Using s 19 of the Work Health and Safety Act 2011 (NSW) (WHS Act) as our guide, the primary duty of care for managing workplace health and safety risks rests with anyone conducting a business or undertaking, therefore, such an entity must ensure so far as is reasonably practicable, the health and safety of:
>> employees engaged, or caused to be engaged with the employer; and
>> employees whose activities in carrying out the work are influenced or directed by the employer.
Employers must ensure, so far as is reasonably practicable, that the health and safety of employees is not put at risk from any work carried out. So, what does ‘reasonably practicable’ mean? Turning to s 19(3) of the WHS Act, reasonably practicable can entail the following:
“(a) the provision and maintenance of a work environment without risks to health and safety, and
(b) the provision and maintenance of safe plant and structures, and
(c) the provision and maintenance of safe systems of work, and
(d) the safe use, handling, and storage of plant, structures and substances, and
(e) the provision of adequate facilities for the welfare at work of workers in carrying out work for the business or undertaking, including ensuring access to those facilities, and
(f) the provision of any information, training, instruction or supervision that is necessary to protect all persons from risks to their health and safety arising from work carried out as part of the conduct of the business or undertaking, and
(g) that the health of workers and the conditions at the workplace are monitored for the purpose of preventing illness or injury of workers arising from the conduct of the business or undertaking.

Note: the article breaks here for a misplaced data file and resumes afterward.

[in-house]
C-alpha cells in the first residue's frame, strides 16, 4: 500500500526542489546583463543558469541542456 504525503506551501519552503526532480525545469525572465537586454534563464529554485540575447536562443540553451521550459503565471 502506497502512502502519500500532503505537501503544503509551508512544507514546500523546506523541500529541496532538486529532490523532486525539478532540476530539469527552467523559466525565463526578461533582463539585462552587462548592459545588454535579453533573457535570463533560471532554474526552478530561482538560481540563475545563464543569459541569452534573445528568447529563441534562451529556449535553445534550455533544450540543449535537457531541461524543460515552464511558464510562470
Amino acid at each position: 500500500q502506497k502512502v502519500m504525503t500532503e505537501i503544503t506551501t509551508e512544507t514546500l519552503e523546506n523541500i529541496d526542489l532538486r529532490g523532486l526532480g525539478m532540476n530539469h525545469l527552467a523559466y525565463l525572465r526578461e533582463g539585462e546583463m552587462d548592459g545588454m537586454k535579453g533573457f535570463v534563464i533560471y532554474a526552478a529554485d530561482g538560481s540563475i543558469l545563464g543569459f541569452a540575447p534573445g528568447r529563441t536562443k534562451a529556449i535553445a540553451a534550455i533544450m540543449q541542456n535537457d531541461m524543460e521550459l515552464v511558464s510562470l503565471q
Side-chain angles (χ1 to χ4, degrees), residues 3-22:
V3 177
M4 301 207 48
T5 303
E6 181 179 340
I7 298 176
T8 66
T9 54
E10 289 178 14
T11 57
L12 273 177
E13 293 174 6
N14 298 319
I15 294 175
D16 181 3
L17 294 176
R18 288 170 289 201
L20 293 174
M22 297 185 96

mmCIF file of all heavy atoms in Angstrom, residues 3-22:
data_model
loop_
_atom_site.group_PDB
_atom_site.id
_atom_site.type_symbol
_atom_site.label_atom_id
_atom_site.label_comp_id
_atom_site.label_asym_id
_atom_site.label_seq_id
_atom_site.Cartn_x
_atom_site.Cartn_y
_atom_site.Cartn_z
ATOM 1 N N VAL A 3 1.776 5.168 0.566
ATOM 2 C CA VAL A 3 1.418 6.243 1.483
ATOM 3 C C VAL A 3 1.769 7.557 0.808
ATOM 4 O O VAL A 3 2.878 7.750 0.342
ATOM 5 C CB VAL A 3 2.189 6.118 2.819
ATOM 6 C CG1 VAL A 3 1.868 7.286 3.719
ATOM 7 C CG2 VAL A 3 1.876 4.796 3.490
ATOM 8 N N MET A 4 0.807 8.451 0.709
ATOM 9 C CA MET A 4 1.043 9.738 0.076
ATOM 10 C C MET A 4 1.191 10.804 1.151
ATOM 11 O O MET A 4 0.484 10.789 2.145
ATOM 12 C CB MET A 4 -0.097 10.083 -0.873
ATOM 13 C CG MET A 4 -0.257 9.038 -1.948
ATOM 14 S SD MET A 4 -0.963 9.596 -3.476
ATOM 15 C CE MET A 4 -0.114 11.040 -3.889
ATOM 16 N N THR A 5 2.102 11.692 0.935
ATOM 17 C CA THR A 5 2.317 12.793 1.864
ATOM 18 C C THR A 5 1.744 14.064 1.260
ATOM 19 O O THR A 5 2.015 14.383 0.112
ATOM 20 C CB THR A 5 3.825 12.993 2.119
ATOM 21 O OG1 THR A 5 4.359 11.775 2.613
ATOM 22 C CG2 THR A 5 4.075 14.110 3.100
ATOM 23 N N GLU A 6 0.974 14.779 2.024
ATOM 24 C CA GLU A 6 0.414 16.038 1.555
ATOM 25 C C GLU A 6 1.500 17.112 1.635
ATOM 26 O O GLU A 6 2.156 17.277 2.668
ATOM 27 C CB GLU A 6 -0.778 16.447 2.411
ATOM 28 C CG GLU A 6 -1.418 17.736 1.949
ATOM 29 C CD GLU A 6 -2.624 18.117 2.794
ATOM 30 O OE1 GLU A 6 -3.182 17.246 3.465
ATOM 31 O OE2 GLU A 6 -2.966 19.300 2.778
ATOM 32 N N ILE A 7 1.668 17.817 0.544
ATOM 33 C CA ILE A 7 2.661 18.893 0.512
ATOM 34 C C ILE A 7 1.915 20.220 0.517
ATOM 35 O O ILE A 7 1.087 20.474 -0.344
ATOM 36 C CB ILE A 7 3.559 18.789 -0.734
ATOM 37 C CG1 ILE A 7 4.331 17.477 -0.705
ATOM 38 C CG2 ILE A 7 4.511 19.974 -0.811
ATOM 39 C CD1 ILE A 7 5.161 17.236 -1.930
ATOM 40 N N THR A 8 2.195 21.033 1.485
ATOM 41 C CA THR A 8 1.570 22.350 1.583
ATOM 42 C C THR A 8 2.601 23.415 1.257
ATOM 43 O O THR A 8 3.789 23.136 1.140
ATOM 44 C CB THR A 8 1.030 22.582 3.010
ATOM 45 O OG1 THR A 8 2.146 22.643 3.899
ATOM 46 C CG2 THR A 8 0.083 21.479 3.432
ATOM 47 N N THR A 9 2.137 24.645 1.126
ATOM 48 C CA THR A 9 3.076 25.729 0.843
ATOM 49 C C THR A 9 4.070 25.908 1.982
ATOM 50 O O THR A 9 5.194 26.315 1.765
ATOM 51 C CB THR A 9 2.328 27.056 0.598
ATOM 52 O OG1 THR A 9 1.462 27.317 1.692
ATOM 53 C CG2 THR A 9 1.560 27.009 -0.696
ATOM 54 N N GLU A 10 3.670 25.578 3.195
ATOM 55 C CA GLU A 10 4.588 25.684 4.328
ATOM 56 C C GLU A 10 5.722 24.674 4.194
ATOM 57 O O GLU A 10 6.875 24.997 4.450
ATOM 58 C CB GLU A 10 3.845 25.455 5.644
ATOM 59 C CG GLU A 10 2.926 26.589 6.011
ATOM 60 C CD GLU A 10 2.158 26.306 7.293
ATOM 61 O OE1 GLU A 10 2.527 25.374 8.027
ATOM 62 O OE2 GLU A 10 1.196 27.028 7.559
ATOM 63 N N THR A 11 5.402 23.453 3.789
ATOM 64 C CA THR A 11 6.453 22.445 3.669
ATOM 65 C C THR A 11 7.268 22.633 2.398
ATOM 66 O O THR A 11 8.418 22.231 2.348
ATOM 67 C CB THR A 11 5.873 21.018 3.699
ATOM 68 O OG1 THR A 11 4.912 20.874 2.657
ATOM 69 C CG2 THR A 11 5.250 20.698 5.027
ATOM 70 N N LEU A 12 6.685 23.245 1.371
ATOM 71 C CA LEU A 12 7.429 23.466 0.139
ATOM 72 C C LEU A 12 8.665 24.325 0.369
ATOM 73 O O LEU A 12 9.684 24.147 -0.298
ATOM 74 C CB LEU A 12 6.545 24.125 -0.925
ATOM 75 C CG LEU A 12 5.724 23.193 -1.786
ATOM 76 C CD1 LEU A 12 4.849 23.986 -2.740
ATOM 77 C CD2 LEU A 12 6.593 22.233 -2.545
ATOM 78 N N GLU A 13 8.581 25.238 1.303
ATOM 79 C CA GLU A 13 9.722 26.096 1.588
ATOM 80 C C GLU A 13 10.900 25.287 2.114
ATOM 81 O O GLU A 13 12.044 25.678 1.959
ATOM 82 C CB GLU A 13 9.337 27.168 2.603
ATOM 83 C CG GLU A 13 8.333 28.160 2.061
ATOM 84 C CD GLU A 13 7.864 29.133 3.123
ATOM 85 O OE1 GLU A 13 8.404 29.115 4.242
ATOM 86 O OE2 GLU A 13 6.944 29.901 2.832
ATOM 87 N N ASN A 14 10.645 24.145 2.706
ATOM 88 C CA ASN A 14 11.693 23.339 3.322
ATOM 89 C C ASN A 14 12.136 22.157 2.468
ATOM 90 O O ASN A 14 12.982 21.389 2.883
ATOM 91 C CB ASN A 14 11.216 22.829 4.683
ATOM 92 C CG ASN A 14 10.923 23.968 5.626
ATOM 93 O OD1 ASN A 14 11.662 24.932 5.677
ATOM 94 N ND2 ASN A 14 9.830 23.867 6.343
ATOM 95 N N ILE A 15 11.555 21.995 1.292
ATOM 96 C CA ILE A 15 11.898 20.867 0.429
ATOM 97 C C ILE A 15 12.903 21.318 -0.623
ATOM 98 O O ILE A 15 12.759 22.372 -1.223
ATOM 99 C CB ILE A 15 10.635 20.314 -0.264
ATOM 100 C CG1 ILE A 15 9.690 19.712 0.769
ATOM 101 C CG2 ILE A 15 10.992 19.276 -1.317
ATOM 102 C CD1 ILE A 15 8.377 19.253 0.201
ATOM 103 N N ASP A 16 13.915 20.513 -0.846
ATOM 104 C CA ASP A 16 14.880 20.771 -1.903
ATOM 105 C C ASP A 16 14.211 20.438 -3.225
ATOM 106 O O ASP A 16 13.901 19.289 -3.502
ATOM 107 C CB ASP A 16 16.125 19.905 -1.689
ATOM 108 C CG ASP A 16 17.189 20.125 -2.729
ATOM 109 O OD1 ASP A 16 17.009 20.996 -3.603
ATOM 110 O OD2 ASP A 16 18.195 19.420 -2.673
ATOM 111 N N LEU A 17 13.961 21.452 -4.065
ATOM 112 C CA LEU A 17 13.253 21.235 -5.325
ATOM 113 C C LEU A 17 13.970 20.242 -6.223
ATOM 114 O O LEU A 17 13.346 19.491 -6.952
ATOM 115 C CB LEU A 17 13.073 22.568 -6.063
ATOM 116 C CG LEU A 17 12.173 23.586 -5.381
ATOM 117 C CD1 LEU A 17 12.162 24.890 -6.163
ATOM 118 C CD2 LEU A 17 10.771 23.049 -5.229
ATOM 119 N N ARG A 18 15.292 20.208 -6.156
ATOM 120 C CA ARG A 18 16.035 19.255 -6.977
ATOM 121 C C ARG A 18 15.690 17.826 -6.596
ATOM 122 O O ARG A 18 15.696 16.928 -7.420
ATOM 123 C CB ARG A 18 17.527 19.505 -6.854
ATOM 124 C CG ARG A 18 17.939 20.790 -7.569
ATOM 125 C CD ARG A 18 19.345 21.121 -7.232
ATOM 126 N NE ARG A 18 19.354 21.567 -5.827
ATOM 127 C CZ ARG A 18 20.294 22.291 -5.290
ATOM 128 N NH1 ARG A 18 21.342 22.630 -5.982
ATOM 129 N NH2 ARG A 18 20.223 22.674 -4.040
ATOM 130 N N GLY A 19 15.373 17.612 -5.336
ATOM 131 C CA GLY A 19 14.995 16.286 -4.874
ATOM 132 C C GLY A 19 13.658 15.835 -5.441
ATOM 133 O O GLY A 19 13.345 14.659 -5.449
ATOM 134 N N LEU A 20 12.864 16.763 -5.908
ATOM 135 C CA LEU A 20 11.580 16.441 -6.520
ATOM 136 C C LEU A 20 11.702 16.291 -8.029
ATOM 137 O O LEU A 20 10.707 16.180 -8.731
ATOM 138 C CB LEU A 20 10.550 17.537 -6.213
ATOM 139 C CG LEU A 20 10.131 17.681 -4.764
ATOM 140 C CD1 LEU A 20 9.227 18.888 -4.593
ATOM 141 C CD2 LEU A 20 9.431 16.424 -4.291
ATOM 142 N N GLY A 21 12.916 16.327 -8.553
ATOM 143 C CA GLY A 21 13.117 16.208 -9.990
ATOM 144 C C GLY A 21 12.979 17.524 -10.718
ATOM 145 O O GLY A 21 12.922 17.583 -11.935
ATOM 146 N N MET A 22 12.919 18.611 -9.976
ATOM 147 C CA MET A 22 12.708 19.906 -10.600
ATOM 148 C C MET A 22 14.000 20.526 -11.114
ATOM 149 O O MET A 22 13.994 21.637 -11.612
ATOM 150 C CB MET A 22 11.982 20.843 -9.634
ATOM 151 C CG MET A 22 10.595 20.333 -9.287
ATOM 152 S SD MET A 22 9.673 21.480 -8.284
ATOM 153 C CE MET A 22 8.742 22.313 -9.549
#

(a) a worker occupies accommodation that is owned by or under the management or control of the person conducting the business or undertaking, and
(b) the occupancy is necessary for the purposes of the worker’s engagement because other accommodation is not reasonably available,
the person conducting the business or undertaking must, so far as is reasonably practicable, maintain the premises so that the worker occupying the premises is not exposed to risks to health and safety.”
Under both the WHS Act and the Work Health and Safety Regulations (the WHS Regulations), a Code of Practice is in place (the Code) and applies to any type of work and place of employment covered by the WHS Act.
The Code covers:
the physical work environment such as the workspace, lighting and ventilation;
facilities used by employees such as toilets, drinking water, washing and dining areas, change rooms, lockers and sheltered areas;
remote and isolated work;